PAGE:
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Our View: Thoughts on the Hart board decision

Posted: November 20, 2009 3:47 p.m.
Updated: November 22, 2009 4:55 a.m.
The good news is, the Hart district took a step Wednesday toward making a Castaic high school a reality.

After three hours of discussion, the board decided to move ahead with environmental studies on two potential sites for the much-needed school: the contested Facilities Foundation-owned Hasley/Sloan property and Larry Rasmussen’s Romero Canyon acreage.

It was likely Hunt Williams’ Green Valley Ranch property near Val Verde was never going to gain that community’s support, so the board went with its two best options.

But the means by which the ends were gained are disappointing.

From here on out, the community deserves more transparency and inclusiveness as the Willam S. Hart Union High School District board moves ahead on siting and building a Castaic high school.

The purpose of Wednesday’s special meeting was for brief review — for the first time publicly — of extensive environmental studies and engineering reports done for the three properties under scrutiny.

The public did not have a chance to review Wednesday’s PowerPoint presentations until the Friday night before the meeting.

During the standing-room-only meeting, board president Steve Sturgeon advised people to keep the public comment period free of opinions on the properties, and instead stick to specific questions about the report.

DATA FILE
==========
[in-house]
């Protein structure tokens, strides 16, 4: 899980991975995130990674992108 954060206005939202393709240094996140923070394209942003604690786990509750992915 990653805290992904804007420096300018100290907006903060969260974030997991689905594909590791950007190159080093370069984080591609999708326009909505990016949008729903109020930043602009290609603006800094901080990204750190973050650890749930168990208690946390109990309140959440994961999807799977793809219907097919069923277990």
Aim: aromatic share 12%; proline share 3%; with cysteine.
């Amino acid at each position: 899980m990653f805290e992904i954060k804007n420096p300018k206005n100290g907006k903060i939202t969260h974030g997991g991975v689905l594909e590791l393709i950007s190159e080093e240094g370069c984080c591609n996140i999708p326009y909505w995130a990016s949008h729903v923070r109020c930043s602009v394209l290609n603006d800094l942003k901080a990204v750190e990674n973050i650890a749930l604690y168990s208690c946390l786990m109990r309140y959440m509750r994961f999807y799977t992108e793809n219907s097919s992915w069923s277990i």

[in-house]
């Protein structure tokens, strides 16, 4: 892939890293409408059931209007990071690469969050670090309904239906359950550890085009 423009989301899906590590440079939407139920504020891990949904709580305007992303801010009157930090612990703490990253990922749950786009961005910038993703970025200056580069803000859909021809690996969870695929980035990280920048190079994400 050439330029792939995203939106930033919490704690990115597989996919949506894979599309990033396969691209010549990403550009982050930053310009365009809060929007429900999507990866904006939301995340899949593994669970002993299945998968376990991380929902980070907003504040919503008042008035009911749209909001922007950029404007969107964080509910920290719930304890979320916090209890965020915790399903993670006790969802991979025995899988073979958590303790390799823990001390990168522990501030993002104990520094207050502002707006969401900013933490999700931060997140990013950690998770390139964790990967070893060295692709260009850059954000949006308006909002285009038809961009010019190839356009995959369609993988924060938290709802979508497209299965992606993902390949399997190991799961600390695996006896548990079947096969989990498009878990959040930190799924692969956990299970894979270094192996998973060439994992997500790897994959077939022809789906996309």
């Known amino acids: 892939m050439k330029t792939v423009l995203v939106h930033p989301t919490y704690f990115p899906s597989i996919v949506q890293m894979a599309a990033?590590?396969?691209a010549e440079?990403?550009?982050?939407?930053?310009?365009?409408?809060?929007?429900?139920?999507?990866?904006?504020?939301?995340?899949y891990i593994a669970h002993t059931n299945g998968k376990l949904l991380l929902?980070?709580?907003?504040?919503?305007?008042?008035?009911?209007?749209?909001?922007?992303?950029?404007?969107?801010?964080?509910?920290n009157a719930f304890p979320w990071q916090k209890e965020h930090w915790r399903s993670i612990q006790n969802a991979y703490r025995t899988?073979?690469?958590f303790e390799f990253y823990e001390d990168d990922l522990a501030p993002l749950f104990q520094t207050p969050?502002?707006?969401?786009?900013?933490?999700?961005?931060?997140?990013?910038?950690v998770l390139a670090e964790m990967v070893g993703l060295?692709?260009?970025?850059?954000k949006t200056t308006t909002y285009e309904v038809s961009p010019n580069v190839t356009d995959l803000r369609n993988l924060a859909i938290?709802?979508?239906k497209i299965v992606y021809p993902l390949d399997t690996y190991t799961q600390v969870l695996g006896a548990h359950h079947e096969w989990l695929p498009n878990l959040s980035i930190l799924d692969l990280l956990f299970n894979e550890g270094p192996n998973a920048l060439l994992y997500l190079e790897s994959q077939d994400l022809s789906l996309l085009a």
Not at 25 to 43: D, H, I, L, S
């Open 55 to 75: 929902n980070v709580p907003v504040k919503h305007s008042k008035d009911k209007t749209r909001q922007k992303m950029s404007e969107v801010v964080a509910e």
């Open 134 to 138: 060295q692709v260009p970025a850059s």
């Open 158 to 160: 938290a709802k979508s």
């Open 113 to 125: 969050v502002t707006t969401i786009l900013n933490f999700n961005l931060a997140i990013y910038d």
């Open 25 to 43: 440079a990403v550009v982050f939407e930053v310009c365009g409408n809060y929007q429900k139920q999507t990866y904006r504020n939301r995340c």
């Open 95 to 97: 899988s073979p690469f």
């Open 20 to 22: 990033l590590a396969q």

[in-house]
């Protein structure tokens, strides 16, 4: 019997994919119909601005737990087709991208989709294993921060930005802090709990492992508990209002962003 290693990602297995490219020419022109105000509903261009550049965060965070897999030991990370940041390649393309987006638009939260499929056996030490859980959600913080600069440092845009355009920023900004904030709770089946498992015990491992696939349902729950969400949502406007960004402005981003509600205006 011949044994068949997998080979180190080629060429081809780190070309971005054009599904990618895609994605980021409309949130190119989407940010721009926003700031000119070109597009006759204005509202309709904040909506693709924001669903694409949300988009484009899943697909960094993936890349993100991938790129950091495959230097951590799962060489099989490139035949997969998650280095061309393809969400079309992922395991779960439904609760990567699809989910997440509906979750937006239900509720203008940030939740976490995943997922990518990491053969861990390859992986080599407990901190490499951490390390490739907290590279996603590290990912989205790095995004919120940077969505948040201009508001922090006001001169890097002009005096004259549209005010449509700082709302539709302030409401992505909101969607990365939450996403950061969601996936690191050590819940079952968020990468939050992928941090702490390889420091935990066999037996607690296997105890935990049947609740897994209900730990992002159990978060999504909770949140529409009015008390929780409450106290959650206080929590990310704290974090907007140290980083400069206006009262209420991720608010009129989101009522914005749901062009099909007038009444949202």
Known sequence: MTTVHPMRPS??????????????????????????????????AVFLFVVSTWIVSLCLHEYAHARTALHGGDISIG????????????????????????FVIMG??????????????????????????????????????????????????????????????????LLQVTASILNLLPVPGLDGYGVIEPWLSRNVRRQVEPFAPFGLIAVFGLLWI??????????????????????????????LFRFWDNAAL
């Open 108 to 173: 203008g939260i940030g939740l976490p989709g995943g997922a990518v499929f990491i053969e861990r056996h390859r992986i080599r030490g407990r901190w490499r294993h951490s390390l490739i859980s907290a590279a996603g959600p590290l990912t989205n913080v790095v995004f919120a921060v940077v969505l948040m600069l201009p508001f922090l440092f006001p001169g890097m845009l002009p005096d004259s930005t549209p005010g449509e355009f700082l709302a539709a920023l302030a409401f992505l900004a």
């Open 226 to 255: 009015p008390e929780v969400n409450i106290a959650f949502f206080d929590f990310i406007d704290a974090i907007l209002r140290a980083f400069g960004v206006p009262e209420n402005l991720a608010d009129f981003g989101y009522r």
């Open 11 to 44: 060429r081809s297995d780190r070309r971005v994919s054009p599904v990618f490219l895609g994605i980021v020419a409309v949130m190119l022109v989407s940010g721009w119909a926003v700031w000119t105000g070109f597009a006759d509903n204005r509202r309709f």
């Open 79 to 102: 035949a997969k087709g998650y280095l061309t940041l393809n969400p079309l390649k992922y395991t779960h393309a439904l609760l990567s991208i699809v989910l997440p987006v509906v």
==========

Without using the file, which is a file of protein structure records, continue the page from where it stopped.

If anyone wanted to voice his or her opinion about the potential school properties, he or she was welcomed to do it at the board’s regular meeting — after the board had made its decision. Talk about throwing the tax-paying public a bone.

And while newly elected board members Bob Jensen and Joe Messina agreed with the board’s decision, that decision should have been held off until after the two are sworn in Dec. 9. That would have better served the voters who cast ballots for Jensen and Messina based on their commitment to finding a home for Castaic’s high school.

The process is far from over. The environmental impact reports will take up to a year and a half, at cost of at least $250,000 to develop.

Board member Dennis King — who finished his stint on the Hart district board Wednesday night — said the entire matter has been “more political than it should have been.”

No kidding.

The Hart district has taken longer than any other district in California to find a place to build a school, Sturgeon said. That is not a title our high school district should hold.

Here’s hoping the process is expedited, but in a way that doesn’t shut out the voice of the public which funds that process.


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